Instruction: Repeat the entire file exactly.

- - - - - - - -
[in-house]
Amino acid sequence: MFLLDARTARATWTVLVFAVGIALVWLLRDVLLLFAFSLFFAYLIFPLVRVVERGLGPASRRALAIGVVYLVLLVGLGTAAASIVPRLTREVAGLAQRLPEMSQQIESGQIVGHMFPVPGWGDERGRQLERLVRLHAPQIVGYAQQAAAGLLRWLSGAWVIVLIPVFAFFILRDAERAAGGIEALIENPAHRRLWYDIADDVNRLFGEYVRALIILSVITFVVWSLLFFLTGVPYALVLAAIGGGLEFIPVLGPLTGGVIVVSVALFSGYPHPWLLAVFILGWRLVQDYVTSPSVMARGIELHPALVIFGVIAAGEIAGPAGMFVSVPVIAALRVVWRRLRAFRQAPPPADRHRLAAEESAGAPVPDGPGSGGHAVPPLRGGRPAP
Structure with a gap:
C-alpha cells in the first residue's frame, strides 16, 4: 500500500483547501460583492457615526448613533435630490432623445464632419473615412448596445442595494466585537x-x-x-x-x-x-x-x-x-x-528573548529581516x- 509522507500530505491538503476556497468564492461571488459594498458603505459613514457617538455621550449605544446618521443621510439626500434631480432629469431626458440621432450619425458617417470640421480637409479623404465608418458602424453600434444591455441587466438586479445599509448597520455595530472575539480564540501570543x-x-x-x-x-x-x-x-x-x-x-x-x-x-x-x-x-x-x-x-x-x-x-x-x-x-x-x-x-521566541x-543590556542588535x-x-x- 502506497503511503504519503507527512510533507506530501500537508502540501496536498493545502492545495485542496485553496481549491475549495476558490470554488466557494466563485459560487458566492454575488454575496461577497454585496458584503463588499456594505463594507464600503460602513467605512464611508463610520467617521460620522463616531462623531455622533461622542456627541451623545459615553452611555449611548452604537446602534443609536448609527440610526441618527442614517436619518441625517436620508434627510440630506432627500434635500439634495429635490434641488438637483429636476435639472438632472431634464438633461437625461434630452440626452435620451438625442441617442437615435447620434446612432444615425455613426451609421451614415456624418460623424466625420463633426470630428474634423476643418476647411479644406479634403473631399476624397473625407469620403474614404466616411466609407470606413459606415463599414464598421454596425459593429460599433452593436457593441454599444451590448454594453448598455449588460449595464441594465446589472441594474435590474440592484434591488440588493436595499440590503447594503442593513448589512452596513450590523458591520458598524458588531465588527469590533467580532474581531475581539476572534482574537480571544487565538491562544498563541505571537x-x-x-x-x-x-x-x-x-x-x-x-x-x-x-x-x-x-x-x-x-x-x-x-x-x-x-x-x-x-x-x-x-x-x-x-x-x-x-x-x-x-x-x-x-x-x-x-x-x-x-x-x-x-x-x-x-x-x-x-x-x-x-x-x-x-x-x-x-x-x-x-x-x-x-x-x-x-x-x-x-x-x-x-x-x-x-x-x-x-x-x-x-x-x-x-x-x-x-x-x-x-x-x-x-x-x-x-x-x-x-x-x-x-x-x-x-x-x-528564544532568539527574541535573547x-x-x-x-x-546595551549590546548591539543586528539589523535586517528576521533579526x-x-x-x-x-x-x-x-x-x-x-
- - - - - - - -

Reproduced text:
[in-house]
Amino acid sequence: MFLLDARTARATWTVLVFAVGIALVWLLRDVLLLFAFSLFFAYLIFPLVRVVERGLGPASRRALAIGVVYLVLLVGLGTAAASIVPRLTREVAGLAQRLPEMSQQIESGQIVGHMFPVPGWGDERGRQLERLVRLHAPQIVGYAQQAAAGLLRWLSGAWVIVLIPVFAFFILRDAERAAGGIEALIENPAHRRLWYDIADDVNRLFGEYVRALIILSVITFVVWSLLFFLTGVPYALVLAAIGGGLEFIPVLGPLTGGVIVVSVALFSGYPHPWLLAVFILGWRLVQDYVTSPSVMARGIELHPALVIFGVIAAGEIAGPAGMFVSVPVIAALRVVWRRLRAFRQAPPPADRHRLAAEESAGAPVPDGPGSGGHAVPPLRGGRPAP
Structure with a gap:
C-alpha cells in the first residue's frame, strides 16, 4: 500500500483547501460583492457615526448613533435630490432623445464632419473615412448596445442595494466585537x-x-x-x-x-x-x-x-x-x-528573548529581516x- 509522507500530505491538503476556497468564492461571488459594498458603505459613514457617538455621550449605544446618521443621510439626500434631480432629469431626458440621432450619425458617417470640421480637409479623404465608418458602424453600434444591455441587466438586479445599509448597520455595530472575539480564540501570543x-x-x-x-x-x-x-x-x-x-x-x-x-x-x-x-x-x-x-x-x-x-x-x-x-x-x-x-x-521566541x-543590556542588535x-x-x- 502506497503511503504519503507527512510533507506530501500537508502540501496536498493545502492545495485542496485553496481549491475549495476558490470554488466557494466563485459560487458566492454575488454575496461577497454585496458584503463588499456594505463594507464600503460602513467605512464611508463610520467617521460620522463616531462623531455622533461622542456627541451623545459615553452611555449611548452604537446602534443609536448609527440610526441618527442614517436619518441625517436620508434627510440630506432627500434635500439634495429635490434641488438637483429636476435639472438632472431634464438633461437625461434630452440626452435620451438625442441617442437615435447620434446612432444615425455613426451609421451614415456624418460623424466625420463633426470630428474634423476643418476647411479644406479634403473631399476624397473625407469620403474614404466616411466609407470606413459606415463599414464598421454596425459593429460599433452593436457593441454599444451590448454594453448598455449588460449595464441594465446589472441594474435590474440592484434591488440588493436595499440590503447594503442593513448589512452596513450590523458591520458598524458588531465588527469590533467580532474581531475581539476572534482574537480571544487565538491562544498563541505571537x-x-x-x-x-x-x-x-x-x-x-x-x-x-x-x-x-x-x-x-x-x-x-x-x-x-x-x-x-x-x-x-x-x-x-x-x-x-x-x-x-x-x-x-x-x-x-x-x-x-x-x-x-x-x-x-x-x-x-x-x-x-x-x-x-x-x-x-x-x-x-x-x-x-x-x-x-x-x-x-x-x-x-x-x-x-x-x-x-x-x-x-x-x-x-x-x-x-x-x-x-x-x-x-x-x-x-x-x-x-x-x-x-x-x-x-x-x-x-528564544532568539527574541535573547x-x-x-x-x-546595551549590546548591539543586528539589523535586517528576521533579526x-x-x-x-x-x-x-x-x-x-x-